The Union Ministry of Chemicals and Fertilisers is planning to launch a scheme called PM PRANAM. PM PRANAM stands for – PM Promotion of Alternate Nutrients for Agriculture Management Yojana. The proposed scheme aims to encourage states to use less chemical fertilisers and to reduce the subsidy burden on chemical fertilisers.


Features of the proposed scheme

  • According to the officials, the scheme will not have a separate budget and will be funded by savings of existing fertiliser subsidies under schemes run by the Department of Fertilisers.
  • 50% of subsidy savings will be passed on to the state that saves the money as a grant.
    • 70% of the grant provided under the scheme can be used to create assets related to the technological adoption of alternate fertilisers and alternate fertiliser production units at the village block, and district levels.
    • The remaining 30% grant money can be used to reward and encourage farmers, panchayats, farmer producer organisations, and self-help groups involved in fertiliser reduction and awareness generation.
  • To illustrate the calculation in reducing chemical fertiliser use, a state’s increase or decrease in urea consumption in a year will be compared to its average consumption of urea over the previous three years.
    • Data from the Fertiliser Ministry’s dashboard, iFMS (Integrated Fertilisers Management System), will be used for this purpose.
  • The move is consistent with the government’s recent emphasis on promoting the balanced use of fertilisers or alternative fertilisers.


Fertilisers –

  • Fertilisers (can be both organic and inorganic) are substances that provide one or more of the chemicals required for plant growth.
  • As per industry experts, out of the 16 elements necessary for plant growth, 9 elements are required in large quantities (major elements), while the other 7 are needed in smaller amounts (minor elements).
      • Nitrogen, phosphorus and potassium are known as primary plant nutrients;
      • Calcium, magnesium and sulphur, as secondary nutrients;
      • Iron, manganese, copper, zinc, boron, molybdenum and chlorine as trace elements or micro-nutrients.
      • The primary and secondary nutrient elements are known as major elements.


Fertiliser consumption in India

  • The success of the agricultural sector in India is mainly dependent on the fertiliser industry.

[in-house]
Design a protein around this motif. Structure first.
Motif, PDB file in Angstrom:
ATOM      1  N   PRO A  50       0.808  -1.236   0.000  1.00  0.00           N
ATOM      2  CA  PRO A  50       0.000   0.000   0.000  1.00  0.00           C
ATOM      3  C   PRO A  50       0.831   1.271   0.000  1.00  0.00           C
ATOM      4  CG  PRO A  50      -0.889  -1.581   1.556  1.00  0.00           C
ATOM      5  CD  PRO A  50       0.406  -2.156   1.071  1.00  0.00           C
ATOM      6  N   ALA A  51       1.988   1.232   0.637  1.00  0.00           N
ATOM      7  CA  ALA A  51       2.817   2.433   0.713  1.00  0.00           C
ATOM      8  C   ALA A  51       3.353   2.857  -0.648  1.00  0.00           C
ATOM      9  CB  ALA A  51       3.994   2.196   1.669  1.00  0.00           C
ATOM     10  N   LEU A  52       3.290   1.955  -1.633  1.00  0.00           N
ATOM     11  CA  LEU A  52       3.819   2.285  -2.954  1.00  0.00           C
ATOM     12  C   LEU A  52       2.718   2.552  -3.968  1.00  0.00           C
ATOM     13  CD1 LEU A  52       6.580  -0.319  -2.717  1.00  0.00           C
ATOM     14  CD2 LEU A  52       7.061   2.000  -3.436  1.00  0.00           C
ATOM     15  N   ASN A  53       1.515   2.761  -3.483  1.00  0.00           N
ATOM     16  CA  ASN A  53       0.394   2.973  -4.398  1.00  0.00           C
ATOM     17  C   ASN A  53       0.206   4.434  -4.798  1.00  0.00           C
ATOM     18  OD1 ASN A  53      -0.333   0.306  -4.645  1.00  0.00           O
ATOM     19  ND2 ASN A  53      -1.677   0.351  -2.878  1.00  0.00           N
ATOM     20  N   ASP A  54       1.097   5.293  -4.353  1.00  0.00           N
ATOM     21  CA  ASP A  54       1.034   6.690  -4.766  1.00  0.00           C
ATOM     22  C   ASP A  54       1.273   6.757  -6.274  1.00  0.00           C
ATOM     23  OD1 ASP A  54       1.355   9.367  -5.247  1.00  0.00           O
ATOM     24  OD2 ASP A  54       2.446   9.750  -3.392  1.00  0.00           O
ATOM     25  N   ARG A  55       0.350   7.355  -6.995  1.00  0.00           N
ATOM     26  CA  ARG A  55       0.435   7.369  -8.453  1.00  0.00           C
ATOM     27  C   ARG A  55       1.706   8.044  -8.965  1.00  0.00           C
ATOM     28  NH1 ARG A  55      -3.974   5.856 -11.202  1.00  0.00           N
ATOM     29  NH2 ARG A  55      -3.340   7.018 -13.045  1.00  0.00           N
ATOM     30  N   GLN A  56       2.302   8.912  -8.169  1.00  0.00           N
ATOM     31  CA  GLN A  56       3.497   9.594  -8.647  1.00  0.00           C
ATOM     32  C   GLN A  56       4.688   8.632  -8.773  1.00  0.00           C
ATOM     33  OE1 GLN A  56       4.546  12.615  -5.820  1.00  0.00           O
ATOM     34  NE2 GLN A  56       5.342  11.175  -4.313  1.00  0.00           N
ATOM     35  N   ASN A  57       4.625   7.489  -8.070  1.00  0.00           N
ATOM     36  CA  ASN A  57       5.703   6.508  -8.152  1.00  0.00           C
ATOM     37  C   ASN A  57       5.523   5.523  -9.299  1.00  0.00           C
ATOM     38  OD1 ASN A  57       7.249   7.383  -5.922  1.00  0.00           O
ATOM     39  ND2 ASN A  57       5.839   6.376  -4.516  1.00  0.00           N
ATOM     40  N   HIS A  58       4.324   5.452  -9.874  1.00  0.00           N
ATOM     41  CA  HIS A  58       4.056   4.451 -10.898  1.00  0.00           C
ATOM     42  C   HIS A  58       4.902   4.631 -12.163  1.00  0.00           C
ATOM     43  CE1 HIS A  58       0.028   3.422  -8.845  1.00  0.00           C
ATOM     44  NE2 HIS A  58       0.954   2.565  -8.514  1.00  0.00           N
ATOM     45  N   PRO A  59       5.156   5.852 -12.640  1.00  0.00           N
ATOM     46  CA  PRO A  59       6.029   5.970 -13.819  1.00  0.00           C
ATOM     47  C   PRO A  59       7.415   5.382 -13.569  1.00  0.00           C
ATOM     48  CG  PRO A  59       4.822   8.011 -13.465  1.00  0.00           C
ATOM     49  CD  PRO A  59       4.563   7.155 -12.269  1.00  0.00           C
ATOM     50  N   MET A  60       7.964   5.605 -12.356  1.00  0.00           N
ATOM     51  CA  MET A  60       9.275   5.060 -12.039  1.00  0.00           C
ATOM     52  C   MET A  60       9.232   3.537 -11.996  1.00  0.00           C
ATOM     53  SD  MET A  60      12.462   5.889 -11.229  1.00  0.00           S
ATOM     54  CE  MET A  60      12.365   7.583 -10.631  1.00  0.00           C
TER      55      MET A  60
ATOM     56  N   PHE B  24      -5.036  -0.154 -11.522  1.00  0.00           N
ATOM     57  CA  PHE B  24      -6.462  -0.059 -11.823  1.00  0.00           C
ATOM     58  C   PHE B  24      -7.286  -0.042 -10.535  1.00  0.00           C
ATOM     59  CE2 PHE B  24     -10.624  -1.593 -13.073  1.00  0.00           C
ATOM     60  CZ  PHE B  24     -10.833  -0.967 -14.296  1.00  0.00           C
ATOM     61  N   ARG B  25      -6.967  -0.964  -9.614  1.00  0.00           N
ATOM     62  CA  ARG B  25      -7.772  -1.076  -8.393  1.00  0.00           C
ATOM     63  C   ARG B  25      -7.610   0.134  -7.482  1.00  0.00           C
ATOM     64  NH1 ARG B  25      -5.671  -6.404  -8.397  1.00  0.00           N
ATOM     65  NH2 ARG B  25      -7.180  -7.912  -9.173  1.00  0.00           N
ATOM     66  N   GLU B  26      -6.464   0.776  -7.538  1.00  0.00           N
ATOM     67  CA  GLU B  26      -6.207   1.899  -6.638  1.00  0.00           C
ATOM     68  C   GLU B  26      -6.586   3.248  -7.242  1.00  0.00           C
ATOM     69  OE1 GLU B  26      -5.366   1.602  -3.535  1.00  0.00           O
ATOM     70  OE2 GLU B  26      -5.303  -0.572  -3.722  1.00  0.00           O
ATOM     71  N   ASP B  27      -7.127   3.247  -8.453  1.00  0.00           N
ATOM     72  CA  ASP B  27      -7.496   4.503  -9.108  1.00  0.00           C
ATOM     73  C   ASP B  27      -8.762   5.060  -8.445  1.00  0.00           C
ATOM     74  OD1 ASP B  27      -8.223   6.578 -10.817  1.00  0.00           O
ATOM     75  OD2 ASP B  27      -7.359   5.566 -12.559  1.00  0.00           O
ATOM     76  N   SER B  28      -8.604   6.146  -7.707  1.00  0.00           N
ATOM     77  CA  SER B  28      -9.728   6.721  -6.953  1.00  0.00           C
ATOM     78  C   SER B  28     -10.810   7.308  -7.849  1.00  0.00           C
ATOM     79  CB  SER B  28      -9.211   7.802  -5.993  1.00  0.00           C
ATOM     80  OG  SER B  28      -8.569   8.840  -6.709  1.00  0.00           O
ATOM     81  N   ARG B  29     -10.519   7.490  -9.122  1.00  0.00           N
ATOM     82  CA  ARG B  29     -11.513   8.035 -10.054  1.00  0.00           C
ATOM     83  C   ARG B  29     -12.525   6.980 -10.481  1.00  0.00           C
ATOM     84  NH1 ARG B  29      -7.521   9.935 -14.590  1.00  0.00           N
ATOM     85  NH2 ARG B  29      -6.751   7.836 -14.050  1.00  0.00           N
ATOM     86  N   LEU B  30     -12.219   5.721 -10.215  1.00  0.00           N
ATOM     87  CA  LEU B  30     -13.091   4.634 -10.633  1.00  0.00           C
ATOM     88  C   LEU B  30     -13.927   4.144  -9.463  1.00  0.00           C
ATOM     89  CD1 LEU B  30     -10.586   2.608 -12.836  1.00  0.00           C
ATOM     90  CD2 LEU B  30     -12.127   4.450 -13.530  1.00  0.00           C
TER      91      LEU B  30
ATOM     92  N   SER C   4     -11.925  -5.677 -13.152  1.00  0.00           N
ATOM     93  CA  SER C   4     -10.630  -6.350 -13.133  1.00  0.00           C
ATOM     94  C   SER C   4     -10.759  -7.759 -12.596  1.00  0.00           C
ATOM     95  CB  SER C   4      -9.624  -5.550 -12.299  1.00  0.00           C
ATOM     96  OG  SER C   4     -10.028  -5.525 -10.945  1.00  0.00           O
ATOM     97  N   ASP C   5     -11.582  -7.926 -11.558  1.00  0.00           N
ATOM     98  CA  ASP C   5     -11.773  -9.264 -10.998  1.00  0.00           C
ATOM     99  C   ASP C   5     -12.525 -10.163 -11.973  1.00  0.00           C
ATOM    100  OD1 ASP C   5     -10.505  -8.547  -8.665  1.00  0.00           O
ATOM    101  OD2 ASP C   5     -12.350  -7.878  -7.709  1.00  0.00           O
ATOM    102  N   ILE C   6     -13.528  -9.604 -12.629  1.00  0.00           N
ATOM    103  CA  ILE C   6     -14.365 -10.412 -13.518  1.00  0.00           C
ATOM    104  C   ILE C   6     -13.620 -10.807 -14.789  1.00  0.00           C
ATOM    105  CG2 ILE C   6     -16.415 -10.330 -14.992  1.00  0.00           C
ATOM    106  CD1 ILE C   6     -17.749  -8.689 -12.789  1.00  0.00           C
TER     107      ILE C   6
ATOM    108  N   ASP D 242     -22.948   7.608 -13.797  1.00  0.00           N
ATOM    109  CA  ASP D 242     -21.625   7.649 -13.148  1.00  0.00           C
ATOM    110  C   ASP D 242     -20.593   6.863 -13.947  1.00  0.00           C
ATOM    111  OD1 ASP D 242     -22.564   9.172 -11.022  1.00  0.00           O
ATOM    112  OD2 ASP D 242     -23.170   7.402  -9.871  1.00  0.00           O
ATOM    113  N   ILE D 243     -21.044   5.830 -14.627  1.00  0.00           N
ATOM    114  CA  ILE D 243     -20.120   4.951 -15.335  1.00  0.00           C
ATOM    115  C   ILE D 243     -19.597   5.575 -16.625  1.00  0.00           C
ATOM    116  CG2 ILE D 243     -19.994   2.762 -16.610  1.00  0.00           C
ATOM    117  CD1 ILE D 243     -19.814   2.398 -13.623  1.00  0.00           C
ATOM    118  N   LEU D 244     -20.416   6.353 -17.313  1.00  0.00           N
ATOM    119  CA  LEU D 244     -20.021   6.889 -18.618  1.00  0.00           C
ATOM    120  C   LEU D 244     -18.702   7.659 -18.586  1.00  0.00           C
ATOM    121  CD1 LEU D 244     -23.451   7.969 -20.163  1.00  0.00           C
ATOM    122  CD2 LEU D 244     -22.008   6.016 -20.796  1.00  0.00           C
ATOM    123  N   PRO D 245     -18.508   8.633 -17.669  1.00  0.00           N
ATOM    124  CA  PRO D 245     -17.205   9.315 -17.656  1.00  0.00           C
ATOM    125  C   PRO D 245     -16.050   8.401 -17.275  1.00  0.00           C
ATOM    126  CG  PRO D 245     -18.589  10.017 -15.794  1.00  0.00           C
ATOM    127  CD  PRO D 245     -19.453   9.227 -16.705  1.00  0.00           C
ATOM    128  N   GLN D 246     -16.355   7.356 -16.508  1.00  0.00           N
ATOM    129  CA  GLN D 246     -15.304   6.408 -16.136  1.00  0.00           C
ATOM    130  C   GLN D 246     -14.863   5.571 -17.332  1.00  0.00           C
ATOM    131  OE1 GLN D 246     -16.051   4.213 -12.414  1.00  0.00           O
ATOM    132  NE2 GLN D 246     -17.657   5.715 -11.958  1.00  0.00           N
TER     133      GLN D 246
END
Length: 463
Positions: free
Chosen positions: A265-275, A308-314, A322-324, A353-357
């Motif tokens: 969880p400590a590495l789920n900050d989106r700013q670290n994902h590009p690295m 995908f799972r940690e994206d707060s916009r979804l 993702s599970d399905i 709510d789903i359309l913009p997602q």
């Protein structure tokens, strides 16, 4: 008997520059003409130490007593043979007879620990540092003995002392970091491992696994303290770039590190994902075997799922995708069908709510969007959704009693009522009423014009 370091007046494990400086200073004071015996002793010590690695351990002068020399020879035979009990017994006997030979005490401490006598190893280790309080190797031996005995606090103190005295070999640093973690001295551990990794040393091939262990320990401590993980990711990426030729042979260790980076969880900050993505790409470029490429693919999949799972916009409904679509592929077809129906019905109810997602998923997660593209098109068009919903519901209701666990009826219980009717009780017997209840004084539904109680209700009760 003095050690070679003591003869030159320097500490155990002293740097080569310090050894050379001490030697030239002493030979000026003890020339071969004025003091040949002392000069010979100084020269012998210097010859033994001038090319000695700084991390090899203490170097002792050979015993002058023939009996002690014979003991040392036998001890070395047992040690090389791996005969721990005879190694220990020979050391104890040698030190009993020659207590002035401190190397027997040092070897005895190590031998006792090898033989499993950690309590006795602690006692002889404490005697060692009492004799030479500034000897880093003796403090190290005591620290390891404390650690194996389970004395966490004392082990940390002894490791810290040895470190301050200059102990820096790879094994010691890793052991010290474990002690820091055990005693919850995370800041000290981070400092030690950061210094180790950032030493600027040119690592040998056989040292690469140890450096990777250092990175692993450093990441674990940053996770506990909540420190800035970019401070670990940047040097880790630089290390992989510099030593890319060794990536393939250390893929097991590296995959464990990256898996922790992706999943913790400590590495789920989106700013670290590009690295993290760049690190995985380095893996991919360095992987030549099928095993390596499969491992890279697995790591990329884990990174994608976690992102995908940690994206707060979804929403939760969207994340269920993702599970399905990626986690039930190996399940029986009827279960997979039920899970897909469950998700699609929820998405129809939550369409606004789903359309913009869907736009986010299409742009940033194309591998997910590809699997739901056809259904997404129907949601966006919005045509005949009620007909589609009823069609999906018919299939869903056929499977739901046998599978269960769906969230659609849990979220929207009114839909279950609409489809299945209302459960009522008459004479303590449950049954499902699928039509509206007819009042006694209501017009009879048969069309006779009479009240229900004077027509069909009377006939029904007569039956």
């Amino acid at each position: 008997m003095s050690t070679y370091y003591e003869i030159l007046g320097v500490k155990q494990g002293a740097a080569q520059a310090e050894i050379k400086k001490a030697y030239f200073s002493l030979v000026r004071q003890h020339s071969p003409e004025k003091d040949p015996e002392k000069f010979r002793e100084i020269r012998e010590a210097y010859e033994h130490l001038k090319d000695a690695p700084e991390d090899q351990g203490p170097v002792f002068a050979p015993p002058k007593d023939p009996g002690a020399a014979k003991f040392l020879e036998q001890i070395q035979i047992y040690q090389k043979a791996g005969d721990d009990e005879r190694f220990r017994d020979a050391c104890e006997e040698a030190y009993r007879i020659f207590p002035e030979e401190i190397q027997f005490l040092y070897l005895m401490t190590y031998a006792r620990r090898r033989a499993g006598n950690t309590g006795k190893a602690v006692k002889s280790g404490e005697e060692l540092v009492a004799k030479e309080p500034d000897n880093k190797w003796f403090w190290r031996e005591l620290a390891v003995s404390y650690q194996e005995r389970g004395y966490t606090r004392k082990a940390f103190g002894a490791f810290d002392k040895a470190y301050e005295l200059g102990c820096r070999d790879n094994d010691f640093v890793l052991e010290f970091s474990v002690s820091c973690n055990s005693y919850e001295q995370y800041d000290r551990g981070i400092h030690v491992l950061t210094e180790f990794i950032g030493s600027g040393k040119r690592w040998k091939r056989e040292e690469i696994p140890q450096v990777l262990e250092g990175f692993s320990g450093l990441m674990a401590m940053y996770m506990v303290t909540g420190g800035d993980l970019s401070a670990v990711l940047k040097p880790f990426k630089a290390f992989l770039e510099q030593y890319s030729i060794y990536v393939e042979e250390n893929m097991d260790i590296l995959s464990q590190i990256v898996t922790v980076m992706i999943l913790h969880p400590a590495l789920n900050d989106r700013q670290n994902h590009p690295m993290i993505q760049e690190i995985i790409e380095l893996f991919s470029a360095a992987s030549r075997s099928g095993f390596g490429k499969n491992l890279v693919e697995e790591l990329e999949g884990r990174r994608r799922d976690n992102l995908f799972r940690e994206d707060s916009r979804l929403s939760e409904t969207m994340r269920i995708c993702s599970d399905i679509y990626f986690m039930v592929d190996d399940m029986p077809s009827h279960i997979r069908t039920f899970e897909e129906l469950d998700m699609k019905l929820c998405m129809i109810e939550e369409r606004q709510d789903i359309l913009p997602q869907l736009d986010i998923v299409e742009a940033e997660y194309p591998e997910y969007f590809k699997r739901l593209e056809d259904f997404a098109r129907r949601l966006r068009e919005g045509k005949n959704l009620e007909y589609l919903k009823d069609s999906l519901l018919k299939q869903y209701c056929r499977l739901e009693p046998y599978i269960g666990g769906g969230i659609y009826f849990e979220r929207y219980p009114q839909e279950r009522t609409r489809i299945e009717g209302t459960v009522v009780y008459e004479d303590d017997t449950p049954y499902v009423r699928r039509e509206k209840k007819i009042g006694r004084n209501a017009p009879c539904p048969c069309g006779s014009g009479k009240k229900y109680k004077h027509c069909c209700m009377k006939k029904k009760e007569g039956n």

• It assumes significance in view of the sharp increase in the overall fertiliser requirement in the country during the last five years.
  • According to the Union Ministry of Chemicals and Fertilisers, the total requirement of four most used chemical fertilisers – Urea, DAP (Di-ammonium Phosphate), MOP (Muriate of potash), NPKS (Nitrogen, Phosphorus and Potassium), in the country increased by 21% in 2021-22 in comparison to 2017-18.
      • The maximum increase has been recorded in the requirement of DAP.


Burden of fertiliser subsidy

  • Farmers purchase fertilisers at MRPs (maximum retail prices) that are lower than their normal supply-and-demand market rates or the cost to produce or import them.
    • For example, the government set the MRP of neem-coated urea at Rs 5,922.22 per tonne (in 2020), while the average cost-plus price payable to domestic manufacturers and importers is around Rs 17,000 and Rs 23,000 per tonne, respectively.
  • For, non-urea fertiliser (DAP, MOP, etc) MRPs are decontrolled or fixed by the companies.
  • To ensure that these nutrients are priced at “reasonable levels,” the government pays a flat per-tonne subsidy.
  • The subsidy is paid to fertiliser companies, but the ultimate beneficiary is the farmer who pays MRPs that are lower than market-determined rates.
  • The subsidy burden on chemical fertilisers is expected to reach Rs 2.25 lakh crore in 2022-23 (Rs 1.62 lakh crore last year), a figure that is 39% higher than last year.


Government initiatives to reduce subsidy burden

  • The Centre had introduced a direct benefit transfer (DBT) system in fertilisers, which was implemented in 2018.
  • Under this system, 100% subsidy on various fertiliser grades is released to the fertiliser companies on the basis of actual sales made by the retailers to the beneficiaries.
    • Every retailer (over 2.3 lakh in India) now has a point-of-sale (PoS) machine that is linked to the Department of Fertilisers’ e-Urvarak DBT portal.
    • Only after the sale is registered on the e-Urvarak platform can a company claim a subsidy.
  • Furthermore, the government included new nutrients such as Nano urea and bio-stimulants in the Fertiliser Control Order, 1985.
  • In addition, initiatives such as the Soil Health Card and neem-coated urea have been implemented.